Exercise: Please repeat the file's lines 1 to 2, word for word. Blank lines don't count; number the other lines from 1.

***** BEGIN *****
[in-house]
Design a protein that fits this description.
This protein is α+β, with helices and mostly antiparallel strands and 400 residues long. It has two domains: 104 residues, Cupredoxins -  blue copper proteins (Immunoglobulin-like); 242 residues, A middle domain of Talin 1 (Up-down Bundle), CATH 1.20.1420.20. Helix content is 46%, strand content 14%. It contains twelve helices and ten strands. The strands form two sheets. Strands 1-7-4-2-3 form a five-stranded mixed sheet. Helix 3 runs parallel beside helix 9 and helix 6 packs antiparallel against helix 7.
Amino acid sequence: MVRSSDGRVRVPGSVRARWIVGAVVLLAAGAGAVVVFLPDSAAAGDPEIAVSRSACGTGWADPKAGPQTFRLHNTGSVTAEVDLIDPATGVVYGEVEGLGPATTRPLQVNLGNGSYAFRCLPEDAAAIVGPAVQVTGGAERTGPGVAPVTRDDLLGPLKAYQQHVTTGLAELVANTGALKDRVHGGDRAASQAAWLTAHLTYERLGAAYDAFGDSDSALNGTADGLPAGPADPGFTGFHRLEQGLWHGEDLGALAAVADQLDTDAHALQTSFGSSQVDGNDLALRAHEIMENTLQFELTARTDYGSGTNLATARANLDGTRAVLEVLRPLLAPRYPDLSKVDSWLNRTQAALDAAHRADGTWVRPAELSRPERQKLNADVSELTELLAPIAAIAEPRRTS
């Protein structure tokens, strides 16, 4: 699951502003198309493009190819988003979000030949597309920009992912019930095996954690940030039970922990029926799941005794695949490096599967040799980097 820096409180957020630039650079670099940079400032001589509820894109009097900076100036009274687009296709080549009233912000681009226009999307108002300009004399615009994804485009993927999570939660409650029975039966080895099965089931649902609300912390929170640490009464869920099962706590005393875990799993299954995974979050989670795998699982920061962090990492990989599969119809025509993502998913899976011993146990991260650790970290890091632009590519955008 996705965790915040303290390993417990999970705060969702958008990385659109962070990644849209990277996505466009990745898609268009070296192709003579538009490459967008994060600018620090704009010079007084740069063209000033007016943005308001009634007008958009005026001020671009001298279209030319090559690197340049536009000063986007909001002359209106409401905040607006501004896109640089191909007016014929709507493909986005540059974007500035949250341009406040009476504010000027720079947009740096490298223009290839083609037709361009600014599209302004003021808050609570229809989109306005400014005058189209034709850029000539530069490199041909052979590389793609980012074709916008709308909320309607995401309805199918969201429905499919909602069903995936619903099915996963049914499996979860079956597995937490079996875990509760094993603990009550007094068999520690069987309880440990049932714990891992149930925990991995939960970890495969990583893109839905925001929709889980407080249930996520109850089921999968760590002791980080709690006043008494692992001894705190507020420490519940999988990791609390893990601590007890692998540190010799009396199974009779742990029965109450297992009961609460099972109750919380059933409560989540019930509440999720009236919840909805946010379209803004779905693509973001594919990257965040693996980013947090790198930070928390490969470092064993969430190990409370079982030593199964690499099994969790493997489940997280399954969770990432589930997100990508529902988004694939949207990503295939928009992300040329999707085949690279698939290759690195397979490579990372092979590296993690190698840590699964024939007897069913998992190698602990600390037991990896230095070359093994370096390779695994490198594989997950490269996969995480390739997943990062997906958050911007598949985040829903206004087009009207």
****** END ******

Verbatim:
[in-house]
Design a protein that fits this description.